We're following the journey of first-year teacher Brianna Winiesdorffer, who is now nearing the end of her first year of teaching.

May 18, 2021

We are documenting Brianna Winiesdorffer’s journey as a 2020 Northern Arizona University graduate planning on a lifelong career in education. Learn more about this project and Winiesdorffer here.

As Brianna Winiesdorffer prepared for her first year of teaching, she received an email from the Arizona K12 Center letting her know that as a graduate of Northern Arizona University’s Arizona Teachers Academy program, she would be paired with a mentor.

“I was anxious because I didn’t know exactly what it would look like,” she says. She had seen some videos as an undergraduate of what new teacher mentorship might look like. “It always seemed very formal and like all we’re going to do is sit down and do work with our computers up. I didn’t really want that and I’m glad that’s not really what it was.”

Winiesdorffer met at least monthly with her Arizona K12 Center mentor Angela Buzan, a National Board Certified Teacher who taught English to middle and high school students for 14 years and also taught younger grades during summer camps. The pair’s interactions weren’t at all the sterile, formal meetings Winiesdorffer had feared.

“I was anxious going in,” Winiesdorffer says, “but it was everything I could have wanted and more.”

The pair committed early to a personalized and creative meeting schedule. They met at least once a month through the year, sometimes going on walks or hikes, talking over a meal, or connecting through Zoom. Winiesdorffer really appreciated that they met primarily outside of school because of how easy it could be to spend all day in her school building.

“Something that I really liked that Angela did was she emphasized that she wanted our meetings to benefit me. So, if I was overwhelmed or stressed or just needed space, she also gave me that in addition to the mentoring,” Winiesdorffer says. “I knew and I still know that I can reach out to Angela whenever. Communication was always open, but it was very much ‘whatever you need, whenever you need it,’ and I really appreciated that.”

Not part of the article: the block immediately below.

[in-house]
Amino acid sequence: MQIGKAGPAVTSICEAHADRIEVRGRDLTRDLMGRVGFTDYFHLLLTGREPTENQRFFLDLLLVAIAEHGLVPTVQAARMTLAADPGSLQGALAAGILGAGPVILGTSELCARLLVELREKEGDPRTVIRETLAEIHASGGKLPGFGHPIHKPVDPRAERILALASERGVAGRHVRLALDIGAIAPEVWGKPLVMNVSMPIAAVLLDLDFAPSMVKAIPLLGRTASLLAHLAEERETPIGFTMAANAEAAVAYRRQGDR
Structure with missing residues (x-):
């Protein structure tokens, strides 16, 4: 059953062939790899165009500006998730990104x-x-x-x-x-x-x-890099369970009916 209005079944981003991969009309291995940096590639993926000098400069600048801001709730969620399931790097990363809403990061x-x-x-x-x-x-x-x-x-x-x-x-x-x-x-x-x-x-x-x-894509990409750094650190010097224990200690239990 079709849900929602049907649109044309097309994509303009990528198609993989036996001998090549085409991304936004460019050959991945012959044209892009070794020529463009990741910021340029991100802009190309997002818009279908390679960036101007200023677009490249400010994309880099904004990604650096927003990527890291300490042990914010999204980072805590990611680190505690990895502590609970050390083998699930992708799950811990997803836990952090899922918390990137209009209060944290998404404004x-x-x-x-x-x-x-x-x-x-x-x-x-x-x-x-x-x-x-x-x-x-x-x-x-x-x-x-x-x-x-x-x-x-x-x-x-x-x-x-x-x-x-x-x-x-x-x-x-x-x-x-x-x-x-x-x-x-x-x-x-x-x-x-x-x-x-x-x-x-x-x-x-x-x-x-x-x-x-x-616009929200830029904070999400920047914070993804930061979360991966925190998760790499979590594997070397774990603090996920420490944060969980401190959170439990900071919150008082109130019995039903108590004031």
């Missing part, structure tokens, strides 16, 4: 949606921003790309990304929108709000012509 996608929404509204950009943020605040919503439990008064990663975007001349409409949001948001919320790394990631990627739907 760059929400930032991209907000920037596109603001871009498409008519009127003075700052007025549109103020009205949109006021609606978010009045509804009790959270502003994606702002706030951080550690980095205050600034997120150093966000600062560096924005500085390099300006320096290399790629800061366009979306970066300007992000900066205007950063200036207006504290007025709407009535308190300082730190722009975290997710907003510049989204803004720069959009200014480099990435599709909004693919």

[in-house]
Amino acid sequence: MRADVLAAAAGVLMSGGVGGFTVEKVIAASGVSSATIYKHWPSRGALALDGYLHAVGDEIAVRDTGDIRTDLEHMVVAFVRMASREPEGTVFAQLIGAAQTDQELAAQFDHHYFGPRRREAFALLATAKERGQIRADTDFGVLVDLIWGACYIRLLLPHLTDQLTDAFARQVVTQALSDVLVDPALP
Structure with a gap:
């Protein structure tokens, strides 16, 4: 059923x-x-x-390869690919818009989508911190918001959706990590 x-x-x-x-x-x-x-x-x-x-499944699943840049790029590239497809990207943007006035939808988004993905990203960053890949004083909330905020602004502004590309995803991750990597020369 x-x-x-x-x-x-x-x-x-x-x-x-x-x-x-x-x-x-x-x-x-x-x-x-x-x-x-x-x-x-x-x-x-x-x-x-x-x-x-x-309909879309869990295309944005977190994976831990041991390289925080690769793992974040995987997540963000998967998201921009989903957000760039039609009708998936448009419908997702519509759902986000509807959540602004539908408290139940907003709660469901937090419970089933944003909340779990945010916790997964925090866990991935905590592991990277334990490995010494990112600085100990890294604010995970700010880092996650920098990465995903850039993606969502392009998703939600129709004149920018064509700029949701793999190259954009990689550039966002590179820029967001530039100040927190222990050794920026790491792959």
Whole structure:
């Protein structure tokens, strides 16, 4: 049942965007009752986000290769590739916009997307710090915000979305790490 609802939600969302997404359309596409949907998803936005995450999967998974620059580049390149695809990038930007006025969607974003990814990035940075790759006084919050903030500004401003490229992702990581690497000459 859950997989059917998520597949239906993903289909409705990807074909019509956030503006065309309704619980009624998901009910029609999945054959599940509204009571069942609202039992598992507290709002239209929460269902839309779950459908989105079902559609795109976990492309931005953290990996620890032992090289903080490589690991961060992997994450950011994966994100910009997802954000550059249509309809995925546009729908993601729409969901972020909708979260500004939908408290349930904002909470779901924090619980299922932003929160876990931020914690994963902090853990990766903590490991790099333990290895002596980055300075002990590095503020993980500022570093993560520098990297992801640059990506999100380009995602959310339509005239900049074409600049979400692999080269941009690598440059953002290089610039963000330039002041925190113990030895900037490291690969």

For their first meeting, Buzan and Winiesdorffer met for a walk behind Coconino High School in Flagstaff where Winiesdorffer had been hired. (You can see the photo below that Buzan took of Winiesdorffer gesturing toward the school.) Buzan brought along a binder she had prepared with a variety of resources. As they started to talk, though, Buzan set the binder aside. “We moved into an authentic space of getting to know one another,” Buzan says. They did talk about tools Winiesdorffer could use in her classes, “but it was more freeform and authentic.” They also connected over a love of thrift shopping.

While Buzan’s background is in English and Winiesdorffer is a resource math teacher, Winiesdorffer found Buzan full of ideas.

“I am just so grateful that Angela was my mentor. Angela, I think that you are an amazing teacher,” she says. “I feel like she always has an answer, some thought that helps or some idea to try. She has the coolest ideas, things I wouldn’t even have thought about.”